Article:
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article imageGerman prosecutors seek life in jail for serial killer nurse

By Sebastian BRONST with Frank ZELLER in Berlin (AFP)     May 16, 2019 in Crime

German prosecutors on Thursday sought life in prison for a male nurse accused of murdering almost 100 hospital patients, which would make him the country's worst peacetime serial killer.

Niels Hoegel, 42, already behind bars for over a decade after earlier trials, has confessed to giving scores more intensive-care patients drug overdoses because he enjoyed the thrill of trying to reanimate them at the last moment.

He stands accused of a revised toll of 97 murders, down from 100 as three cases could not be proved, prosecutor Daniela Schiereck-Bohlmann told the Lower Saxony state court in Oldenburg.

Some investigators, however, believe Hoegel may have killed hundreds more by injecting them with deadly drugs while he worked between 2000 and 2005 at clinics in Oldenburg and nearby Delmenhorst.

But because the deceased were buried or cremated long ago, autopsies have not been possible in all cases, and in some the post mortem examinations were inconclusive.

A lawyer for the bereaved families, Gaby Luebben, recalled that Hoegel had once said the victims' souls haunted his dreams, but that he couldn't remember their names.

"That's why I will now show them to you," said Luebben, who then used a beamer to show photos of the dead patients, each one honoured by a moment's silence in the courtroom.

- 'Resuscitation Rambo' -

During his trial since October, the heavy-set and bearded defendant has admitted to 43 killings, denied five and not ruled out more than 50 others, saying he could not remember.

Prosecutors require clarity on each death because "just calling him the worst serial killer in history isn't enough to convict him," said Schiereck-Bohlmann.

During his trial  which has been running since October  the heavy-set and bearded defendant has admi...
During his trial, which has been running since October, the heavy-set and bearded defendant has admitted to 43 killings, denied five and not ruled out more than 50 others, saying he could not remember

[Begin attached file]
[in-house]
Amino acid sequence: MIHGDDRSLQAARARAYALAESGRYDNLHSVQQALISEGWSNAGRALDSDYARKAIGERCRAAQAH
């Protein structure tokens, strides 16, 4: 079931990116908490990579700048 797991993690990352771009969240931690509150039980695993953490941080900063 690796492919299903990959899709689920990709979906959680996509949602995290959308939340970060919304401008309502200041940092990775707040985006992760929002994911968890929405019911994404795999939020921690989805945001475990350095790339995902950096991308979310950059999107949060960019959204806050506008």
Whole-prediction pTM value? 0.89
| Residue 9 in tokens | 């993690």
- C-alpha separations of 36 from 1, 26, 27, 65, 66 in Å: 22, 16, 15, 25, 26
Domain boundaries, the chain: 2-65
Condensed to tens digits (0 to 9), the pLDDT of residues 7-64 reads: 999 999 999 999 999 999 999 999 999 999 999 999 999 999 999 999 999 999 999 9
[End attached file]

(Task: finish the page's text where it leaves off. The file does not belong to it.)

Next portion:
Hauke-Christian Dittrich, POOL/AFP

Prosecutors say Hoegel was motivated by vanity, the desire to show off his skills at saving human lives, and simple boredom.

Some colleagues had reportedly nicknamed him "Resuscitation Rambo".

A psychologist testified in court that Hoegel suffers from a narcissistic personality disorder but could be considered fully culpable for his crimes.

At the start of the trial, Hoegel apologised to the families of the victims aged between 34 and 96.

"If I knew a way that would help you, then I would take it, believe me," he said last year. "I am honestly sorry."

- 130 bodies exhumed -

Caught in 2005 while injecting an unprescribed medication into a patient in Delmenhorst, Hoegel was first sentenced in 2008 to seven years in prison for attempted murder.

A second trial followed under pressure from victims' families and he was found guilty in 2015 on charges of murder and attempted murder related to six deaths.

He was given the sentence of life imprisonment, which in Germany usually translates to a maximum of 15 years behind bars.

In requesting a second life term, prosecutors Thursday also urged the court to determine the "special severity" of the crimes to rule out an early release.

It was after his second trial that Hoegel confessed to his psychiatrist to dozens more murders at Delmenhorst, which prompted a far wider probe.

More than 130 bodies of patients who died on Hoegel's watch were exhumed in Germany, Poland and Turkey in a case investigators called "unprecedented in Germany".

- Troubling questions -

Aside from the monstrosity of the killing spree, the Hoegel case has raised deeply troubling questions about how the hospital hierarchies failed to stop him for so long.

Judge Sebastian Buehrmann has ordered perjury investigations against some of Hoegel's former co...
Judge Sebastian Buehrmann has ordered perjury investigations against some of Hoegel's former colleagues on suspicion they withheld evidence
Hauke-Christian Dittrich, POOL/AFP

Statistics later showed that patient deaths, as well as the use of certain cardiac drugs, soared while Hoegel was on duty.

Several doctors and head nurses were later charged with manslaughter for failing to stop the killer nurse.

In the current trial, presiding judge Sebastian Buehrmann has ordered perjury investigations against some of Hoegel's former colleagues on suspicion they withheld evidence to cover up their culpability.

When the Oldenburg hospital encouraged Hoegel to resign in late 2002, it offered him a glowing letter of reference to ensure he left.

Hoegel later testified he was never explicitly told why the hospital wanted him gone but that the request made him feel as though he "had been caught".

"Without the mistakes of some people in Oldenburg... this series of murders by Niels Hoegel could have been stopped," Christian Marbach, whose grandfather was one of the victims in Delmenhorst, told AFP last year.

The verdict and sentencing are scheduled for June 6.

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